The reason that photographing of govt buildings is forbidden is for security reasons. Don't forget that Saudi is fighting terrorism. The govt buildings are often targets of terrorist attacks, yes these terrorists believe the govt is too lax if you can believe it. Anyways as a precaution they don't allow people to take the pics so that they can't be used in the planning of any attacks. Hope that clears it up a bit.

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  9. Thanks for all the comments, everyone!

    Habeeba - Thanks for that info. That actually makes sense.

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  10. Wonderful pictures, I have quit a few of no photography pics from oman lol, and far to many from moving cars.

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  11. These sculptures are interesting. I'm glad you can show them to us.

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  12. Hi Djd - If you are interested in seeing more photos of the fabulous sculptures of Jeddah, I have posted many on my photo blog, Jeddah Daily Photo Journal: http://susieofarabia.wordpress.com/sculptures-of-jeddah/
    And if click on PHOTO LINKS right under the header image of this blog, there are three other slideshows of the sculptures that I have posted online as well.

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  13. Wow! I tensed up when I read that the policeman stopped you. What a surprise that he was actually cordial. Thank goodness! I'm sorry... but you do live in a scary country.

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  14. A Canadian ReaderJan 8, 2011, 6:19:00 AM

    Interesting pictures. Too bad you have had to return to your childhood and can no longer go out without being accompanied by an "adult", i.e. a man.

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  15. Mashallah nice shots you are doing great job.

    thanks for sharing

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  16. Hahaha, that's funny! and its great that you were able to get those photos! :D

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  17. Susie,

    That's a great story. I'm sorry you and your husband had some tense moments but I enjoyed the results.

    I continue to enjoy both the narration and the illustration of your adventure.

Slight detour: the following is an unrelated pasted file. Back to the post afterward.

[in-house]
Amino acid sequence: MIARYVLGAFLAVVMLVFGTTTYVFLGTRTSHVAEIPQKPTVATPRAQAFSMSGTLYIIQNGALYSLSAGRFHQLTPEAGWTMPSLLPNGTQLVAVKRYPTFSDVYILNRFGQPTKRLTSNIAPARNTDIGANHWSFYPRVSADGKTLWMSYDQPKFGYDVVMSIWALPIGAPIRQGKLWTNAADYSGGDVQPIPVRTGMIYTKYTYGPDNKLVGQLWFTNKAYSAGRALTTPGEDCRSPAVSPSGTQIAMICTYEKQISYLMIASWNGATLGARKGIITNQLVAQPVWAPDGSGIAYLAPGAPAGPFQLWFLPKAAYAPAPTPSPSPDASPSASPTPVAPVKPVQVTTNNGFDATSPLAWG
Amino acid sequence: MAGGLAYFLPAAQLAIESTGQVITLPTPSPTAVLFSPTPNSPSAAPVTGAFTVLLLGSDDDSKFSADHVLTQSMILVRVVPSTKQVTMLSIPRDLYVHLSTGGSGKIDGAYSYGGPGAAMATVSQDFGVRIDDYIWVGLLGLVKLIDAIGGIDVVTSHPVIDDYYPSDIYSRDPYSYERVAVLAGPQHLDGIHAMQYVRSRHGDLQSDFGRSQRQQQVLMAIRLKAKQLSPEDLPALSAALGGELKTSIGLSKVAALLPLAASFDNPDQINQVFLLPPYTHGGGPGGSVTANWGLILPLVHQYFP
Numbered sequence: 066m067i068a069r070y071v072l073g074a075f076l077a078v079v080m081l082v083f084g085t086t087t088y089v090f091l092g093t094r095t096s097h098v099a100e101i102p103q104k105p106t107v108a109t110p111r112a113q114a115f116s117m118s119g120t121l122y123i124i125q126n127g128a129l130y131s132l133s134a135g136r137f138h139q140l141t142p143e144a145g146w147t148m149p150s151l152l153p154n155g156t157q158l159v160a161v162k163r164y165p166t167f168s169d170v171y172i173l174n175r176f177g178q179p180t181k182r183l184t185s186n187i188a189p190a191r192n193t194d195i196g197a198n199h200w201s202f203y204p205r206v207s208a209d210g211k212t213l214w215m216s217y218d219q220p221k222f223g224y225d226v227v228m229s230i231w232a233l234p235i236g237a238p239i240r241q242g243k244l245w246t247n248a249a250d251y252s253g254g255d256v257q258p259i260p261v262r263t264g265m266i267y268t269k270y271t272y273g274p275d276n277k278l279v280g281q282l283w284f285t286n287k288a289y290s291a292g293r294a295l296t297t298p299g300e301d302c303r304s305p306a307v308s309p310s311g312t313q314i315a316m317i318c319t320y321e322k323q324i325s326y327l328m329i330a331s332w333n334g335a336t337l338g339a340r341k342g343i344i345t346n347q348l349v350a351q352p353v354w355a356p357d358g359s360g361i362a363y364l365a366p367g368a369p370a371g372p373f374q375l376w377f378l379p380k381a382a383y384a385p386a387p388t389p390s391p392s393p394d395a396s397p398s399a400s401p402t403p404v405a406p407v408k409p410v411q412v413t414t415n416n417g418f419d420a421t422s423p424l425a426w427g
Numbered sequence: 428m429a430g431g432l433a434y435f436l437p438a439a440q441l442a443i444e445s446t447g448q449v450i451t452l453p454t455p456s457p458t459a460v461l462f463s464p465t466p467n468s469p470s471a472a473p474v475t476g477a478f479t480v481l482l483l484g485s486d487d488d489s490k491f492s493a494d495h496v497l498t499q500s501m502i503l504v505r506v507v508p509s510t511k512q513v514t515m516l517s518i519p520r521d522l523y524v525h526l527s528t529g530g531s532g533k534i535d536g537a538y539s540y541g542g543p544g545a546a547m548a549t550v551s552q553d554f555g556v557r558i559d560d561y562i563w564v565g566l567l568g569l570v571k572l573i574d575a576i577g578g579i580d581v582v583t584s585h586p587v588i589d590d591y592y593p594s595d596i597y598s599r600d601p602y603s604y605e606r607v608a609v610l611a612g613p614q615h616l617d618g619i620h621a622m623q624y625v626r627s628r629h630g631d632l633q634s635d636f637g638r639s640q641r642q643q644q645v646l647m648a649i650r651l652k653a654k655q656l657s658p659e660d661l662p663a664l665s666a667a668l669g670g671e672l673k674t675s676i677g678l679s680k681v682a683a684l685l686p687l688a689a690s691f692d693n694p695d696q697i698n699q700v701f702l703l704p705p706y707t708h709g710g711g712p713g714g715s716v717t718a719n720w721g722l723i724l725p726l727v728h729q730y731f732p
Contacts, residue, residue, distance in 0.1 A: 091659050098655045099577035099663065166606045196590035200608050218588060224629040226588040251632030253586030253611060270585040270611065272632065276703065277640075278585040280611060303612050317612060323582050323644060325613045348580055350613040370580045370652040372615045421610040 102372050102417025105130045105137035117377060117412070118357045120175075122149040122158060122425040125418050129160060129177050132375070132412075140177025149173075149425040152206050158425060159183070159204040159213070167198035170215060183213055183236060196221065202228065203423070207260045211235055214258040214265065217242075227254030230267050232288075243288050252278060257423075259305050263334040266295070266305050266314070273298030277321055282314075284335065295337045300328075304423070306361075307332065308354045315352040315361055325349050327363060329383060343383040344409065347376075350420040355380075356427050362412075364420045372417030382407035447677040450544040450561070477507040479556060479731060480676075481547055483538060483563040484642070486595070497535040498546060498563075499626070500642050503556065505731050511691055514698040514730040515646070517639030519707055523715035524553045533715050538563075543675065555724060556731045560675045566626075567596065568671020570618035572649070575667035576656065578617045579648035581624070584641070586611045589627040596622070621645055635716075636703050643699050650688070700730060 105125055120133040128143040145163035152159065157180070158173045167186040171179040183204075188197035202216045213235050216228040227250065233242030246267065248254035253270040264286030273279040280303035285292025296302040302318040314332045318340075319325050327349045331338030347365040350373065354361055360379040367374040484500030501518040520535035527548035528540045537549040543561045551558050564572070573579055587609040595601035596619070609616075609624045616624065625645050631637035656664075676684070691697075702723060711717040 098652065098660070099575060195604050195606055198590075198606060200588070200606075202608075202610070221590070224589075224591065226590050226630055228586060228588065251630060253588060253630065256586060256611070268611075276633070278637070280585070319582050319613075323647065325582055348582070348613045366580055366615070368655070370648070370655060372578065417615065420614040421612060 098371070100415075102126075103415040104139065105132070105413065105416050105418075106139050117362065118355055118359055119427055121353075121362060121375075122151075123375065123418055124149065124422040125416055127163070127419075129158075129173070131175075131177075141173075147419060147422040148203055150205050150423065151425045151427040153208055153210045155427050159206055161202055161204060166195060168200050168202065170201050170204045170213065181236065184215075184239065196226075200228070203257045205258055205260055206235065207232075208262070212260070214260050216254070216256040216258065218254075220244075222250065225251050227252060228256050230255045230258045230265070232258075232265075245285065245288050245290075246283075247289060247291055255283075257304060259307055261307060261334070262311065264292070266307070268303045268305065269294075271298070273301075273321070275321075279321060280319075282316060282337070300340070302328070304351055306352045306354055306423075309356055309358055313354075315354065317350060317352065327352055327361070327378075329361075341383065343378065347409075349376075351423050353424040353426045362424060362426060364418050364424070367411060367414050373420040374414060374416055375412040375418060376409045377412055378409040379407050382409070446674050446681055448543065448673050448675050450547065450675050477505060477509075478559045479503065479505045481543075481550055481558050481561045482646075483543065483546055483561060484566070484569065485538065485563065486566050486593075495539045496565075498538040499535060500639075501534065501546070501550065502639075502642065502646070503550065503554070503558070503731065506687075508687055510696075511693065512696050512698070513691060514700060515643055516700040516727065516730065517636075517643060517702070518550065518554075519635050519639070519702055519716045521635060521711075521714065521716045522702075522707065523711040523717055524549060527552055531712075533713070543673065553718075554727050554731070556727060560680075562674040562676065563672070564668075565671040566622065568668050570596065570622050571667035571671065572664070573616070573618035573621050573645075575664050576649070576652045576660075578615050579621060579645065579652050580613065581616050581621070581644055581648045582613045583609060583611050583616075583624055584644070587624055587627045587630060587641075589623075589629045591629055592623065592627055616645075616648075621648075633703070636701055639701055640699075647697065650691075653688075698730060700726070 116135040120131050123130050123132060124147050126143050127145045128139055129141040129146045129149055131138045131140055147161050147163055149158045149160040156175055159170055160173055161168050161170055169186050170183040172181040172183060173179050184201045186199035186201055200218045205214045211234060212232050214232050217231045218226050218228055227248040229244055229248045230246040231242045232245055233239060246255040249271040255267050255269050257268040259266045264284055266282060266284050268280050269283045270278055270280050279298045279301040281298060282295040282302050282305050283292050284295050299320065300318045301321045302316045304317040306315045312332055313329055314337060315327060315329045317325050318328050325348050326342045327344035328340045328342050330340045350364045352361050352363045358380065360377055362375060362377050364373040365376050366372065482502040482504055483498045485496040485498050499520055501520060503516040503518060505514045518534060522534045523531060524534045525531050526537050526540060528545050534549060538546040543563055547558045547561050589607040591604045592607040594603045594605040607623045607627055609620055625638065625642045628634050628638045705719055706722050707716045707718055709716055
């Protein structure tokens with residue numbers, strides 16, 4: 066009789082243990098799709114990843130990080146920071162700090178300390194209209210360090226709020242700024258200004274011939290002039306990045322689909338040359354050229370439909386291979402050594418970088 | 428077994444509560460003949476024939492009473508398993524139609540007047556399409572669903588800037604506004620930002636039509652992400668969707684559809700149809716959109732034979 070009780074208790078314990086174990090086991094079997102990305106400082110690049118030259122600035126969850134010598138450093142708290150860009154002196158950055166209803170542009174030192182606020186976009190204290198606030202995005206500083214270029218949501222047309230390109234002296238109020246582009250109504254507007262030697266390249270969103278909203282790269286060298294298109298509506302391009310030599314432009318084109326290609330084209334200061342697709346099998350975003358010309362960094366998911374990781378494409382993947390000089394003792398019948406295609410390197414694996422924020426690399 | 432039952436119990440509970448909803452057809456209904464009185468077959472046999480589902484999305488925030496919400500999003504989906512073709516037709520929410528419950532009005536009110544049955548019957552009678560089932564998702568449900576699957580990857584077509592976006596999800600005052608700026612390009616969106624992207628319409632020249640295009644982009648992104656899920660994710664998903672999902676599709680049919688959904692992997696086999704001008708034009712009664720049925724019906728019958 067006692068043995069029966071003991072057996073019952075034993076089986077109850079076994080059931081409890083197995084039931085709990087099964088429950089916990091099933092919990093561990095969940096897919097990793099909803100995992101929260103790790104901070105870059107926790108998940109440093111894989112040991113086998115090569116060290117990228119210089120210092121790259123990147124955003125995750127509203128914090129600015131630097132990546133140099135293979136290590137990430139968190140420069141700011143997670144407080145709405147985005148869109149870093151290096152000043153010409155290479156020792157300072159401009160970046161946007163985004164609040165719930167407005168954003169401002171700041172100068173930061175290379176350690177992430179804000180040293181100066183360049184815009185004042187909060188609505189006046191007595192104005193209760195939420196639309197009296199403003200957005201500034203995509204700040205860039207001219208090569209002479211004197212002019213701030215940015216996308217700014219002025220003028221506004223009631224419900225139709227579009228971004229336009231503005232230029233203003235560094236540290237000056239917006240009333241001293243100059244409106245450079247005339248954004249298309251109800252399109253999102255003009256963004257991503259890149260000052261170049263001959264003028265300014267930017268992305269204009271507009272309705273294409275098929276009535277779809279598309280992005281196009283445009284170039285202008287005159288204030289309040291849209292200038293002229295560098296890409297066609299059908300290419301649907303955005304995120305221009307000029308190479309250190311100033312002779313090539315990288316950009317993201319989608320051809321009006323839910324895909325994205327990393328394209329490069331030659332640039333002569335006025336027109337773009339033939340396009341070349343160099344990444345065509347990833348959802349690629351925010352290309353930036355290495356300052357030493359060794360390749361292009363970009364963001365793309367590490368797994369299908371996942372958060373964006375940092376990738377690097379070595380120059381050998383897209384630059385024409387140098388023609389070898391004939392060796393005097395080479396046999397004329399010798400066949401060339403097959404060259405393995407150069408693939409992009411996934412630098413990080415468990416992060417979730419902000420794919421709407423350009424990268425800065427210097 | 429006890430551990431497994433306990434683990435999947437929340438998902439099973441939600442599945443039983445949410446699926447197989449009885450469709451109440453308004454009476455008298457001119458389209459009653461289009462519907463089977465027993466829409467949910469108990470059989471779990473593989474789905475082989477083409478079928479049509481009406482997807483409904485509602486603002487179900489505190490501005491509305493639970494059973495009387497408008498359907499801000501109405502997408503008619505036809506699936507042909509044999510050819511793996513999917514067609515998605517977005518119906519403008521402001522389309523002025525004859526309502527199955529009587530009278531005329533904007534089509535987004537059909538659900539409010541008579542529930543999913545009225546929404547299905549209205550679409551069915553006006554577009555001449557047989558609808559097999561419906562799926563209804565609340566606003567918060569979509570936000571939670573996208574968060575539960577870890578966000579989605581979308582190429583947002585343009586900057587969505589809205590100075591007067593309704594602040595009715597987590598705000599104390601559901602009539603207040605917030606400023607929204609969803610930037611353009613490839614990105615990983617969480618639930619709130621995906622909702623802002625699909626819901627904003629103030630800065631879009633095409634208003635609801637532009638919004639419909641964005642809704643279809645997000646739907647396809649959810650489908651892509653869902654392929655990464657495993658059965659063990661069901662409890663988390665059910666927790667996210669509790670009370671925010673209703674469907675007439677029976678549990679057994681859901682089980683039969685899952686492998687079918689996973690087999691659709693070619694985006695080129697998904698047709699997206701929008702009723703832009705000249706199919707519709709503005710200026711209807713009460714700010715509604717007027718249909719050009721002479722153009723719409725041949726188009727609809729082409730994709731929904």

Annie

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  18. The whole time I was thinking you need another memory card you can exchange if that happens again and if asked say "I guess the pic did not take".

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  19. That last picture is funny. It's nice that the policeman you met had good manners (the handshake) AND a sense of humour. Thank you. Mike and Ann.

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  20. I had a similar experience a year ago when I was taking pictures early one morning on my way to the Institute where I teach. I wanted a couple shots of two landmark hotels along my walking route. While I was shooting, I casually pointed the camera across the street at a certain government building -- not that it was that interesting at a distance but just so I could have a record of it for my journal. I went on my way and 2-3 minutes later two military SUVs pulled up and walked me over to the government building. Being new to the city, I didn't know if I would be put in jail or sent to Chop Chop Square. They examined my pictures which they judged to be innocent, served me some very excellent tea and a half hour later sent me along my way. I have to admit that I was aware of the restriction so I suppose I deserved what I got and was grateful for the military's tolerance. (Oh, don't tell my mother I was stopped by the police.)

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  21. Why u still take this picture, on there was said no photografy, but u are so cool.

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  22. hi susie,
    indeed, another adventure.
    i have been following your blog for awhile and i could say, you had a fantastic blog. im also an expat (filipino), a wife and a year now living in Jeddah with my family. Surely, there's of things to be discover in this huge sandbox an one unforgettable experience was the recent flood hit Jeddah.

    best regards,
    abby